Lima’s EPA planning becomes national standard

By Josh Ellerbrock -



LIMA — Due to Lima’s influence, cities, villages and other local municipalities will potentially have a new tool to deal with unfunded mandates sent down by the Environmental Protection Agency.

This past month, Congress passed the bipartisan Water Infrastructure Act which gives municipalities additional flexibility in dealing with Clean Water Act obligations by codifying the EPA’s “Integrated Planning” approach first used by the City of Lima to juggle the EPA’s requests to clean up the Ottawa River.

Lima’s history with Integrated Planning began back in 1995 when state and federal environmental authorities mandated the city deal with the Ottawa River’s toxic ecosystem. By 1998, the city had put together a $60 million plan and installed screening devices on the combined sewer overflows, thereby collecting tons of debris that would have entered the river. The Ohio EPA approved the efforts.

The plan, however, was disrupted when the federal EPA intervened in 2004. It took another decade to mitigate a consent decree in the courts.

Lima Mayor David Berger said Integrated Planning played an integral role in resolving the federal intervention by 2014, allowing the city to better plan the necessary updates to the city’s water systems by spacing out $150 million worth of improvements over a 27-year period instead of undertaking the original EPA mandate that requested $400 million worth of upgrades.

“The issue has always been to make sure what we’re doing is not only effective but affordable to our customers,” Berger said.

The city has already undertaken some of the updates required by the EPA, expanding a combined overflow pipe and updating the wastewater treatment plan to be able to deal with an extra 200 million gallons during major rainfall. Most recently, the city has also begun the construction of a major overflow tank under Simmons Field — a $40 million project — to fulfill an EPA mandate.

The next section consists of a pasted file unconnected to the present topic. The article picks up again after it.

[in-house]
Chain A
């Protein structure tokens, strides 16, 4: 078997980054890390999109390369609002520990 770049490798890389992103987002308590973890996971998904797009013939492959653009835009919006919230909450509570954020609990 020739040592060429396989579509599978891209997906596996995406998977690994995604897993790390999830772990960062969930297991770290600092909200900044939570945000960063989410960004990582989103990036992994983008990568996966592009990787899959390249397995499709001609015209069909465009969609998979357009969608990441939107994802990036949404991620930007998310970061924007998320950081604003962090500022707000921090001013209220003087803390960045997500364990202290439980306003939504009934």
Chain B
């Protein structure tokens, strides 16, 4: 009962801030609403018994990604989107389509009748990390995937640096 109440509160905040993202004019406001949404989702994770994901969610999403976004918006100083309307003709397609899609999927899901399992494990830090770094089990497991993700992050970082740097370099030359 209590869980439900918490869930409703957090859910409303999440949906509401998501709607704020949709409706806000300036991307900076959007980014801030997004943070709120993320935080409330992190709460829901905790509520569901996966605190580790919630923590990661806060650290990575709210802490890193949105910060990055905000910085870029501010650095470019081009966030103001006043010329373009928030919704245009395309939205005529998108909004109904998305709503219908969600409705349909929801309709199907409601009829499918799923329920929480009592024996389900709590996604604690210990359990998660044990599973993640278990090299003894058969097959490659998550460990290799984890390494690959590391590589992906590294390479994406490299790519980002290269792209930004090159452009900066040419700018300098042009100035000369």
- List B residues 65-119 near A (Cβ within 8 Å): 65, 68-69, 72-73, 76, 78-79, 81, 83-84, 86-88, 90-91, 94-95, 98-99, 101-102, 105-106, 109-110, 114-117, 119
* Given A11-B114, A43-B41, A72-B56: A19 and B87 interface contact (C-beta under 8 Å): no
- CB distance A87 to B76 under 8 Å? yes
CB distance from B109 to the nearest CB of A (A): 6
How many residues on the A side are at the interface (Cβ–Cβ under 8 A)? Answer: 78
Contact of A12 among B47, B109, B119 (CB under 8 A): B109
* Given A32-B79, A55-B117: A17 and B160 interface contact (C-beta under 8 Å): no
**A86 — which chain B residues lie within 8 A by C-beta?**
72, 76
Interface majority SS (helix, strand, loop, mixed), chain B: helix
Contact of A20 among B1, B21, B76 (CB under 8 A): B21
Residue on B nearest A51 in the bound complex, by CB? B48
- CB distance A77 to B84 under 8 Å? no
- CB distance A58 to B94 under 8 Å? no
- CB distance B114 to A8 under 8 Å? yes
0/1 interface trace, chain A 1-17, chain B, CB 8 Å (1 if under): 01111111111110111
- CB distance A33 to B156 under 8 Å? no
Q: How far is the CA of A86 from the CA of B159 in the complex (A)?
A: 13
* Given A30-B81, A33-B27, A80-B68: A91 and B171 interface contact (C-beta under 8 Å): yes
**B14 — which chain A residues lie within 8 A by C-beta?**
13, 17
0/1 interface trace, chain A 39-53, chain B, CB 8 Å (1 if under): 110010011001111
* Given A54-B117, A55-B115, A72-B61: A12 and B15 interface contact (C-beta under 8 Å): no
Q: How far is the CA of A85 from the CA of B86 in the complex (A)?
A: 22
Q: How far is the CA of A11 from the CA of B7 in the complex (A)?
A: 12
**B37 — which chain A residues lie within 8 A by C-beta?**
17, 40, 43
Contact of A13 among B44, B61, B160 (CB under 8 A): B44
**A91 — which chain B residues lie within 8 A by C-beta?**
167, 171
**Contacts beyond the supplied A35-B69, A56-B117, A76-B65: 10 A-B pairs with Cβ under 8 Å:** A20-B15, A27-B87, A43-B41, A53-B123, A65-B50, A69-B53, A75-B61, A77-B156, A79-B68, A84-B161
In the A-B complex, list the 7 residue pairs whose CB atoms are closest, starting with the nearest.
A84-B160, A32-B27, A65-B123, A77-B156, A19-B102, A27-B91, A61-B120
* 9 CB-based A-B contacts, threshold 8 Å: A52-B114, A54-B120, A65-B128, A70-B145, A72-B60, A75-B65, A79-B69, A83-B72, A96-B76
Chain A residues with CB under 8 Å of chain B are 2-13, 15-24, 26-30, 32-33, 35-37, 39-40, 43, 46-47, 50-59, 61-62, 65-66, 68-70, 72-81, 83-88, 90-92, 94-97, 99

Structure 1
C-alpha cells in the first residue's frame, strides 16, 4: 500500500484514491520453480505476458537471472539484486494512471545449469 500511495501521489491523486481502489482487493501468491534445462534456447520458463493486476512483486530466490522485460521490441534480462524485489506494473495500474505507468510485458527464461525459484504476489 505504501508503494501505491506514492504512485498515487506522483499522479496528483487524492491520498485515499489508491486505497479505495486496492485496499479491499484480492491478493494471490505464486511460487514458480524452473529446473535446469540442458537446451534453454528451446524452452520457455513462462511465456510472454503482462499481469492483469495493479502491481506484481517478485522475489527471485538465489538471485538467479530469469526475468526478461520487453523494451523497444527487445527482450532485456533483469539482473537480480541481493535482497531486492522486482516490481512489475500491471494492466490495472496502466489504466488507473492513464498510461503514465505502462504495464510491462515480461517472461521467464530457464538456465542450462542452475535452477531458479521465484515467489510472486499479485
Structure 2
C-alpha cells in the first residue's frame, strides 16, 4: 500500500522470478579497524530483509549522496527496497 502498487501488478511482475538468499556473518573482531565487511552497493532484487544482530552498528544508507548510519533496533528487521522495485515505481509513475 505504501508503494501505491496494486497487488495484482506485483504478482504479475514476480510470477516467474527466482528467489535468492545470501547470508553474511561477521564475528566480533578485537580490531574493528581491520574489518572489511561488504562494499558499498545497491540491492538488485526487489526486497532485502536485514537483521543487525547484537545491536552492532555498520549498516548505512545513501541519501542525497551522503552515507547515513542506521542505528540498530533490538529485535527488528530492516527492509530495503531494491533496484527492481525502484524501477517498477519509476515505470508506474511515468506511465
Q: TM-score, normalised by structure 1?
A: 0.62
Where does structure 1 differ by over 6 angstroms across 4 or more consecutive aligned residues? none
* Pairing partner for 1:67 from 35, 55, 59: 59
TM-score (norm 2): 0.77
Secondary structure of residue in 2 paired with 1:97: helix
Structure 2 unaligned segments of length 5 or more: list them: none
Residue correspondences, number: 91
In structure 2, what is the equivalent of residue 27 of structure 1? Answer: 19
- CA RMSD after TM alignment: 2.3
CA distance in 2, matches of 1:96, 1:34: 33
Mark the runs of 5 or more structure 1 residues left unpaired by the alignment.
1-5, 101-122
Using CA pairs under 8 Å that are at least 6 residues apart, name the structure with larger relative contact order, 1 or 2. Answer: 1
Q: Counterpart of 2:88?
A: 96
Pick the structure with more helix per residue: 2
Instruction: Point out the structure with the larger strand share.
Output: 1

Due to the city’s success with Integrated Planning, Berger has since been a proponent of the technique and has worked to ensure the tool becomes a standard practice by testifying before Congressional bodies on three separate occasions and speaking to the National Press Club.

Congress’s recent passage of the bill codifying the technique is partially a result of those efforts.

“Lima has actually played a significant role in the national discussion,” Berger said.

Rep. Bob Latta and Sens. Rob Portman and Sherrod Brown all supported the bill and played a part in pushing it forward. Rep. Jim Jordan also voted “yes.”

The bill currently sits on President Donald Trump’s desk waiting for his signature.

“Red tape shouldn’t force communities to spread their resources thin just to meet an arbitrary timeline. Let’s be smarter and work with communities so they can prioritize their wastewater investments while reducing pollution,” Brown said in a statement commenting on the bill’s passage.

“There are billions of dollars’ worth of water, wastewater, and stormwater infrastructure needs in Ohio, and it’s critical to provide communities with the ability to meet their obligations in a more cost-effective manner,” Latta said in a similar statement. “Integrated Planning allows communities to allocate funds in a targeted manner, focusing them on the most effective water quality improvements.”

“It’s going to benefit the customers of Lima’s sewer system,” Lima Utilities Director Mike Caprella said. “That’s the bottom line.”


By Josh Ellerbrock

Reach Josh Ellerbrock at 567-242-0398.

Reach Josh Ellerbrock at 567-242-0398.

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